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10-day quarantine or
Pre-arrival negative test result (no longer than 72 hours prior to arrival) with strict masking, social distancing and avoidance of in-person gatherings
Be fully vaccinated, as defined as two weeks after the second dose of a two-dose COVID-19 vaccine or two weeks after one dose of a single-dose vaccine and not have symptoms and maintain strict masking and social distancing
Want to make your next meeting or event one for the history books? Plan on holding it at one of Chicago’s landmark venues. Whether you want to go for the grandeur of a downtown cultural center or keep things more intimate in a historic house museum, you’ll find plenty of unique venue options that come with a side of Chicago history.
Chicago Cultural Center
Originally opened in 1897 as the first home of the Chicago Public Library, today this grand Classical Revival-style building houses the Chicago Cultural Center, home to free art exhibits, concerts, and more — year round. Dazzling details found here include the world’s largest Tiffany stained-glass dome, colorful mosaics, and dramatic marble arches. The block-long building, located across the street from Millennium Park, can accommodate everything from small corporate meetings to large galas in spaces that include galleries, halls, and a theatre. Preston Bradley Hall is the crown jewel of the Chicago Cultural Center, capped by the spectacular dome and 25 Tiffany glass chandeliers, accommodating 700 people for a cocktail reception, 500 theater-style and 360 for a seated dinner.
Built in 1908 and located in the middle of charming Lincoln Park Zoo, the historic Café Brauer was designed by famed architect Dwight H. Perkins in the distinctive Prairie School style of architecture, and is listed on the National Register of Historic Places. The dramatic second-floor Great Hall features a soaring skylit roof, Tiffany-inspired glass chandeliers, gorgeous stained glass windows, and outdoor loggias (stone balconies) overlooking a lagoon and the surrounding park. The Great Hall can accommodate up to 300 for a seated dinner; 400 reception-style.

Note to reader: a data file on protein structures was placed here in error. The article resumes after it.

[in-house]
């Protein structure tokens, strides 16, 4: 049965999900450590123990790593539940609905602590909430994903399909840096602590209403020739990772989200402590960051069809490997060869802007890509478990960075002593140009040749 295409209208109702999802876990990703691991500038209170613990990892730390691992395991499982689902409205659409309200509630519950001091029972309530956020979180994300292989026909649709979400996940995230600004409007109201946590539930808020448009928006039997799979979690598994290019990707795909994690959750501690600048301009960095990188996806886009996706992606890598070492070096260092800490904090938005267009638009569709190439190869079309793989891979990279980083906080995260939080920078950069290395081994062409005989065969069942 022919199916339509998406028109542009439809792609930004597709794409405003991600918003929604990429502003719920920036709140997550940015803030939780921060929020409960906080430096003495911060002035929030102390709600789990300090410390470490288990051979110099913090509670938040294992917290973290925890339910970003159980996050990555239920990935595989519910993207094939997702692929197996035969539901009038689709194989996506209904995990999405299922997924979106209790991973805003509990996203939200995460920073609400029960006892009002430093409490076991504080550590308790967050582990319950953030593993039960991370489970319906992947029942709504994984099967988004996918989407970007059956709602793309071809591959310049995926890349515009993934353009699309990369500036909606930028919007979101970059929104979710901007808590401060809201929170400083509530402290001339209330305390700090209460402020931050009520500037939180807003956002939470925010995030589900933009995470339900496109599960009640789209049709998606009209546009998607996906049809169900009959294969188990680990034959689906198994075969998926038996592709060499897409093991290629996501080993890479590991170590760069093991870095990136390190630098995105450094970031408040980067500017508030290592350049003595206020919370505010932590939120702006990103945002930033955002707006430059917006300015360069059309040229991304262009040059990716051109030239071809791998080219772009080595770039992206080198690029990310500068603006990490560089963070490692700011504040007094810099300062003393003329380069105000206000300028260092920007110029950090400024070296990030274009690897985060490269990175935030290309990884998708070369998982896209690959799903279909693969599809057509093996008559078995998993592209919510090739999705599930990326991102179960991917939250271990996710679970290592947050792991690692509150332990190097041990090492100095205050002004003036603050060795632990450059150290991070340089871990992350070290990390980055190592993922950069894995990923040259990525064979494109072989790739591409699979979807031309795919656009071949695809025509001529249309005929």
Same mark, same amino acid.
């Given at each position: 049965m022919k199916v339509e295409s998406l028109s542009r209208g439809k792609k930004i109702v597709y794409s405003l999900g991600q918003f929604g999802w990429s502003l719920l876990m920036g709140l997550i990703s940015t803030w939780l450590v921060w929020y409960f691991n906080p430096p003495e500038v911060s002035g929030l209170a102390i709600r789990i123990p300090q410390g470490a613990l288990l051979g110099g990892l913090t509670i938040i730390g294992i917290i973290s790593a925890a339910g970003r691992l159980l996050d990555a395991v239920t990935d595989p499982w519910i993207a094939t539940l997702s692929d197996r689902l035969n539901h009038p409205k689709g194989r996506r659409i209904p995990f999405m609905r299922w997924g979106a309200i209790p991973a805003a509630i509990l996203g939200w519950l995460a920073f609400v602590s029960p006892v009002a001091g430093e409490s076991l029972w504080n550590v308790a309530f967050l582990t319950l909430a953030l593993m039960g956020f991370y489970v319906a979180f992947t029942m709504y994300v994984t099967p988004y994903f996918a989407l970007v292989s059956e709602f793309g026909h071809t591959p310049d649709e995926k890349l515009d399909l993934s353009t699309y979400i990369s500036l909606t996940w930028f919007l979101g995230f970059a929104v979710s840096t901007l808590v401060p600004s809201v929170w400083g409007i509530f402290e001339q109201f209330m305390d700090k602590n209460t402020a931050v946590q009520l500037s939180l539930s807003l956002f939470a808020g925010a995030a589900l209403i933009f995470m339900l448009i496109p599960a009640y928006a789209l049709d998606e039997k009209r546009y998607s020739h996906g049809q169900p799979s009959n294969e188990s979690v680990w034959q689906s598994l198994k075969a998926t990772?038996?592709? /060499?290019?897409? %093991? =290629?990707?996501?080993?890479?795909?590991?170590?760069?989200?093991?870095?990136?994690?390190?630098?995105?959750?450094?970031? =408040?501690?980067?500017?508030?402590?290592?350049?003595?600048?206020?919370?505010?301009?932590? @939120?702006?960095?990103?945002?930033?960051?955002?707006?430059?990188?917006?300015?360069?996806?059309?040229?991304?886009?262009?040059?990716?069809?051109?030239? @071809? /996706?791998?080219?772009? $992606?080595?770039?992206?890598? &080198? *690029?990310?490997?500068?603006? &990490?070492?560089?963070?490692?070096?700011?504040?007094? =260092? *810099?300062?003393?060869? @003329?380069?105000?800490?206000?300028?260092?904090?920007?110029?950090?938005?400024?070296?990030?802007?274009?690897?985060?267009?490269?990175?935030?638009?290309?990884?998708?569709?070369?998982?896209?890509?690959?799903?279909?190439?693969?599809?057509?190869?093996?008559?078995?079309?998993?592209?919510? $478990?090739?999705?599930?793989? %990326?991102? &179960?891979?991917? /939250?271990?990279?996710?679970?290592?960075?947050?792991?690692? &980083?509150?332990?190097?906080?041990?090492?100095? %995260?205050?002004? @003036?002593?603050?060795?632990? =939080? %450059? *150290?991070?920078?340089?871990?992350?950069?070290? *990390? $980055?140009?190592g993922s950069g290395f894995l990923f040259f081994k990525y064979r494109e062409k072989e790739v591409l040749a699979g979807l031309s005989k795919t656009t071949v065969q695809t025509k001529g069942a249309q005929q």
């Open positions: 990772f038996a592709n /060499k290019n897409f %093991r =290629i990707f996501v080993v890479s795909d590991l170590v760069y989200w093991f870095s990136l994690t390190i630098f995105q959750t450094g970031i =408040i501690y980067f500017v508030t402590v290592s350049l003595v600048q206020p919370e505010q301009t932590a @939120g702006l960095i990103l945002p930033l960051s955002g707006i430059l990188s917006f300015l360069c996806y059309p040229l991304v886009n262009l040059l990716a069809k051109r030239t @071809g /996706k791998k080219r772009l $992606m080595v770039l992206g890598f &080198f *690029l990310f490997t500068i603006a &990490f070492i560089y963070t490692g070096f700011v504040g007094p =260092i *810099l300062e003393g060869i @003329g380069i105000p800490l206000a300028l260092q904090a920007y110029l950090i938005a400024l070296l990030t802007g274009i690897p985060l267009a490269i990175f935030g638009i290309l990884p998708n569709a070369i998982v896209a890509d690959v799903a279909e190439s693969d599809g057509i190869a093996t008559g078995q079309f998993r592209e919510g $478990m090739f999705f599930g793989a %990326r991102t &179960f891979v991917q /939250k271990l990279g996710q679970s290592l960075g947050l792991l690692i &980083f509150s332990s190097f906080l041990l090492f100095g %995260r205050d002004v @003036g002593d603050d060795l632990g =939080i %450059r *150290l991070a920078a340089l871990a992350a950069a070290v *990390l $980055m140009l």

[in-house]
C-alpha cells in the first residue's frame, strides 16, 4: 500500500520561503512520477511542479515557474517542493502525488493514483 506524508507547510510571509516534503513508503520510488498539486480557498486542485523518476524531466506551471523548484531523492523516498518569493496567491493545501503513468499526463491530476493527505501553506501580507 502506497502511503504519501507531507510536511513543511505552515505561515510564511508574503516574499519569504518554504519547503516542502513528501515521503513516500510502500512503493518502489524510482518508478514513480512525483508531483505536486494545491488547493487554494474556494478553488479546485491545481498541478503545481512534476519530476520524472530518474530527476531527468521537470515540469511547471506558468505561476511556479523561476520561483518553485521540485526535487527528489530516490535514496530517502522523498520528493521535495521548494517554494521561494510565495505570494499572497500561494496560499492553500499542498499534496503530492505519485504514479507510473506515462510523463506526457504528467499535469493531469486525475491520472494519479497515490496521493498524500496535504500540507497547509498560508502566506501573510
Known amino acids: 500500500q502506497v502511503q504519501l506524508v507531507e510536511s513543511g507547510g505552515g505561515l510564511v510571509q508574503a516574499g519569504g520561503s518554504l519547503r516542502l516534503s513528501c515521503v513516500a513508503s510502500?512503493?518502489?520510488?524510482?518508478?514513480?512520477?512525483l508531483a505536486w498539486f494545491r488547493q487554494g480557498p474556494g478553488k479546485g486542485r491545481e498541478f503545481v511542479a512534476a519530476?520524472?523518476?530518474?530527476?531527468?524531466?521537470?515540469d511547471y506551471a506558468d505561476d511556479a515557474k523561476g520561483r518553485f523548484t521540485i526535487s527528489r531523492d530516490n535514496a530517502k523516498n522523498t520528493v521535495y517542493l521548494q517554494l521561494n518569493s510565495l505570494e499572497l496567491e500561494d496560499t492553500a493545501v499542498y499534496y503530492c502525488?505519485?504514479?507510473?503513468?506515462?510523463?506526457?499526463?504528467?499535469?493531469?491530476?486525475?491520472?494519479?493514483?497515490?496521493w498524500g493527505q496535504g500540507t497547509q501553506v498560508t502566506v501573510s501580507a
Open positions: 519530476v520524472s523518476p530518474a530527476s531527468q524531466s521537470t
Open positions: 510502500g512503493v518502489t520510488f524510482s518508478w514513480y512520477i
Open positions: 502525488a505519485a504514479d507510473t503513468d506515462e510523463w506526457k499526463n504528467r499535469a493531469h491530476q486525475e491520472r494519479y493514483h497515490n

This elegant museum that explores the art, architecture, and design of the Gilded Age is housed in the meticulously restored Nickerson Mansion. Known as the Marble Palace, the exquisite late-19th century mansion features a marble-clad entrance hall, magnificent carved wood interiors, and soaring ceilings. Located just steps from Michigan Avenue, the Driehaus Museum is ideal for cocktail parties and corporate dinners. Evening events have exclusive access to the entire museum, and professional guides are available to answer questions or take guests on brief tours. The Driehaus Museum can accommodate up to 125 people for an evening reception, 55 for a seated dinner in the historic ballroom, and 60 for a theater-style presentation.
Glessner House Museum
Located in the Prairie Avenue Historic District, this National Historic Landmark was designed by Henry Hobson Richardson for wealthy industrialist John Glessner and his family, and was completed in 1887. Arrange for a customized private tour of this architectural gem to give your attendees a glimpse into Chicago’s past. The Glessner House Museum touts numerous spaces for private events: The Courtyard (200 cocktail/150 seated), The Coach House (125 cocktail/100 seated), The Dining Room (50 cocktail/40 seated), and The Conservatory (40 lecture/20 board room).
The French Renaissance-style The Murphy was built in 1926 as a memorial to honor the late Dr. John B. Murphy. The auditorium was used for years by the American College of Surgeons as a center for education until a 2006 restoration brought The Murphy back to its original elegance and it was opened to the public as an event venue. The ornate main space, topped with a domed ceiling, is surrounded by grand columns adorned with gold leaf detailing. The Murphy has hosted everything from corporate events to fashion shows, and can accommodate 210 people for a banquet, 300 for a reception, 164 in a classroom setup, and 520 theater-style.